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Corporate America's Loyalty Now Global

October 1, 2007


As the toadies in charge of Columbia University in New York City provided a forum for the Left's latest rock star, Mahmoud Ahmadinejad, to spout his propaganda, another story grabbed my attention. Given the recent news reports of tainted products from the world's largest communist country, imagine my surprise and anger when I picked up my morning paper and read this Associated Press headline: "Mattel takes recall blame, makes apology to China."

Apparently, our corporate leaders are now expected to lick the boots of Chinese officials and take the blame for recalling junk toys from our markets because they were painted with lead-based paint.

According to the AP, "Mattel, Inc. tried to save face Friday with Chinese officials, taking the blame for the recent recalls of millions of Chinese-made toys as it strives to mend a strained relationship with the nation that makes most of its toys and fattens its profit."

Save face? Whose face needed saving here? And with whom? Mattel is the world's largest toy maker. The company established a presence in China 25 years ago and now makes about 65 percent of its products there. More than 80 percent of all toys sold in the U.S. are made in China. The Chinese pledged to make a quality product for a given price. Instead, they produce toys that could potentially poison our children, just as they produced the now-recalled pet food that poisoned hundreds of American dogs and cats.

Yet Mattel officials felt compelled to send their executive vice president, Thomas Debrowski, to personally grovel at the feet of China's product safety chief, Li Changjang: "Mattel takes full responsibility for these recalls and apologizes personally to you, to the Chinese people and to all of our customers who received the toys," Debrowski told Li as reporters and lawyers looked on.

Debrowski's apology comes as plans are being laid for Mattel Chairman and Chief Executive Officer Robert Eckert to make his own trek to China. No doubt, Eckert will be required to grovel as well.

What's going on here? When did the titans of American industry become so subservient to the Chinese government that they have to apologize for a recall that was made necessary by inferior, potentially toxic Chinese-made products?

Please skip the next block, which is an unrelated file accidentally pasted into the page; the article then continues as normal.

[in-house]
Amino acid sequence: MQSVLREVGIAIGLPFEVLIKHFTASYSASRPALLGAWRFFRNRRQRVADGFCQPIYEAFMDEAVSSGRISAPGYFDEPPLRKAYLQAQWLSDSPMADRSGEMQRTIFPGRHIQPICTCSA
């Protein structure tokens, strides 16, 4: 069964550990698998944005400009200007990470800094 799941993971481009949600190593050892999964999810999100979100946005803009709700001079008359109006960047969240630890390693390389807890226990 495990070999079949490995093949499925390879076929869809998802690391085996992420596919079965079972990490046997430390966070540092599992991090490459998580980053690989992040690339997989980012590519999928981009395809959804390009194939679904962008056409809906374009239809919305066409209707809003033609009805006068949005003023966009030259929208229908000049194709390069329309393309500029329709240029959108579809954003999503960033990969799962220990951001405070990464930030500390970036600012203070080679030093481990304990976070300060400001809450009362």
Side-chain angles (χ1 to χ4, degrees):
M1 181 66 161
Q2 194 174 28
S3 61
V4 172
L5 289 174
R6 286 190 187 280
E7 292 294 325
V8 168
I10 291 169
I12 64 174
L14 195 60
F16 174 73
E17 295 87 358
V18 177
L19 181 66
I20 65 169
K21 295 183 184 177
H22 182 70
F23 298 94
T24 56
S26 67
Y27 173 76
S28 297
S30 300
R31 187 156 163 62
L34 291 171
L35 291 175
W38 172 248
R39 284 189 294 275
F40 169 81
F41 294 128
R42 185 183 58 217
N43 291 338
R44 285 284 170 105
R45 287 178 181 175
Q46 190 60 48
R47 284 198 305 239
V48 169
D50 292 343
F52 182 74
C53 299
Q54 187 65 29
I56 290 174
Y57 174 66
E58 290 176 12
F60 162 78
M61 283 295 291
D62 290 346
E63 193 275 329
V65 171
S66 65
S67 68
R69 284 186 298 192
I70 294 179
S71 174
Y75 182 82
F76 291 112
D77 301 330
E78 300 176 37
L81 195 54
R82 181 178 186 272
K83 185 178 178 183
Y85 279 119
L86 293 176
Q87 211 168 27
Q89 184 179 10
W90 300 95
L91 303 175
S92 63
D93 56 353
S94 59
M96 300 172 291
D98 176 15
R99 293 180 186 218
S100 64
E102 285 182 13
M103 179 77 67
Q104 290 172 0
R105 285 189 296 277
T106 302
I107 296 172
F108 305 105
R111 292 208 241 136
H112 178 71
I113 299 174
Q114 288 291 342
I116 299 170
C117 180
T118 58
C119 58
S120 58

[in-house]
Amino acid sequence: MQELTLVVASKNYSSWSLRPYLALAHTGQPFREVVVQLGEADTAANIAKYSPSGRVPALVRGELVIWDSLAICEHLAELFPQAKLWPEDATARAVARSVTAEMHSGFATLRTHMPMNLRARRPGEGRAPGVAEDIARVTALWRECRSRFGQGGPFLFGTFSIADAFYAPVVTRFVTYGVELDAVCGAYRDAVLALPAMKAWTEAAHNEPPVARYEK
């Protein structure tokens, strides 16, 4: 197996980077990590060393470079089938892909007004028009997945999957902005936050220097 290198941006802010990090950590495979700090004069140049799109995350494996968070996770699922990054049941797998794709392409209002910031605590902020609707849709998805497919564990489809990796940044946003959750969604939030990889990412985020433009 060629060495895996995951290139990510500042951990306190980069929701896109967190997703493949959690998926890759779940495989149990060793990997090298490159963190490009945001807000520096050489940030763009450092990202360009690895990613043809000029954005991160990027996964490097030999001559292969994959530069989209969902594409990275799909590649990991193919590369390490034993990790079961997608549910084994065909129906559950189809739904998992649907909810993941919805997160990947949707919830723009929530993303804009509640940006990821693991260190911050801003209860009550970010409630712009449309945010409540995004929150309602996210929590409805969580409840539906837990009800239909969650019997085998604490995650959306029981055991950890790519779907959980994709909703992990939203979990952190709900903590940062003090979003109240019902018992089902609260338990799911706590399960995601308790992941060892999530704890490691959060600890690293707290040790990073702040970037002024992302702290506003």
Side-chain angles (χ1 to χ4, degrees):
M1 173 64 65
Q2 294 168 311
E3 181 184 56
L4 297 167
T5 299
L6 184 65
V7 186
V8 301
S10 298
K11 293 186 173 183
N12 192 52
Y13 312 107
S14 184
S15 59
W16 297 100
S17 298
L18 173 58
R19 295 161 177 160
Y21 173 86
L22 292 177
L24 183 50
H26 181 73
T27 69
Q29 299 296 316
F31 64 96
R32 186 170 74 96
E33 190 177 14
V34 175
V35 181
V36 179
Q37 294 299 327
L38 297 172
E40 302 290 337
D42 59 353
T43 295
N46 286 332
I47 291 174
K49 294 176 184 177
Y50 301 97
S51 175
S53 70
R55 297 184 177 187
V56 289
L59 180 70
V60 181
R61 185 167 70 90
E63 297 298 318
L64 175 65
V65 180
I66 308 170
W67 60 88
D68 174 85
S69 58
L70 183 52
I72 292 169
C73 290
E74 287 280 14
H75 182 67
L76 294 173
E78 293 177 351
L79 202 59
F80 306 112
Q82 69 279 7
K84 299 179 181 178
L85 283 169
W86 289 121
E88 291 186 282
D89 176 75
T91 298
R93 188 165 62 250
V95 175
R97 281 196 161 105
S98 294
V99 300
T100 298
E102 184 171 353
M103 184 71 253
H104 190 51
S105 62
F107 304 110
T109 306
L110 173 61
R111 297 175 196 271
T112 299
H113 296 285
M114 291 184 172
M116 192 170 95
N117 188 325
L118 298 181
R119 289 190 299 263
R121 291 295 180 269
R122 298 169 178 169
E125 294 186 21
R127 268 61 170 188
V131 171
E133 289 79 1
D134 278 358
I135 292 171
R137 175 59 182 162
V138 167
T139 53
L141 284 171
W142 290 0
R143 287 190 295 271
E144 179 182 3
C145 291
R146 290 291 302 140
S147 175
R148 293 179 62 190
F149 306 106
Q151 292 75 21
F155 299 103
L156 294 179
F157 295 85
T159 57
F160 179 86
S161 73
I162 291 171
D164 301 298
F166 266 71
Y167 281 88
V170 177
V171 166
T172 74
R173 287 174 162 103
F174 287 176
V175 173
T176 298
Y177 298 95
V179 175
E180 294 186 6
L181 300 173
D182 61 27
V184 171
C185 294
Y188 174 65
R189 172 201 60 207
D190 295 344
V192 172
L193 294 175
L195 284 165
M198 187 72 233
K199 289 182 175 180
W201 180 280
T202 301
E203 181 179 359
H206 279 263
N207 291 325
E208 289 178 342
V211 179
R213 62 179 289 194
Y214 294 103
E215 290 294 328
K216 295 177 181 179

Until recently, the United States Senate had to revisit the issue annually of bestowing upon China what was then called "Most Favored Trading Status." Can there be any doubt that the Senate's decision to give permanent preferred trade status to the Chinese has contributed to the atmosphere we see today, where American CEOs tremble at the mere mention of falling stock prices?

Mattel's stock has fallen from the mid-$23 level following the first recall in early August to a low of $20.97 on Sept. 10. Shares have since rebounded, increasing 38 cents, or 1.6 percent, to $23.94 on Friday, Sept. 21st.

"Mattel certainly must have been facing some pressure to do that," said Eric Johnson, a professor of operations management at Dartmouth College, commenting on the apology, "because you can't imagine why they would be trying to push this story along any further."

He went on to say that Mattel may want to prevent China from imposing more taxes and regulations.

Peter Navarro, a business professor at the University of California, Irvine, and author of "The Coming China Wars," also suggested that Mattel was trying to avoid punitive measures.

"Mattel is worried that the Chinese government is going to make it difficult for them to produce, put their costs up and hurt their stock price," Navarro said.

At their very public meeting, Li upbraided Mattel for weak safety controls and reminded Debrowski that "a large part of your annual profit comes from your factories in China."

Manufacturing toys in China has helped Mattel and other U.S. companies lower manufacturing and labor costs and boost profits.

But at what cost? All Americans should be aware that so-called American companies no longer owe their allegiance to this country. They are globalists.

Copyright ©2007 Doug Patton

Doug Patton describes himself as a recovering political speechwriter who agrees with himself more often than not. His weekly columns are syndicated by Cagle Cartoons newspaper syndicate. Readers are encouraged to email him at dpatton@cagle.comand/or to follow him on Twitter at @Doug_Patton.

 


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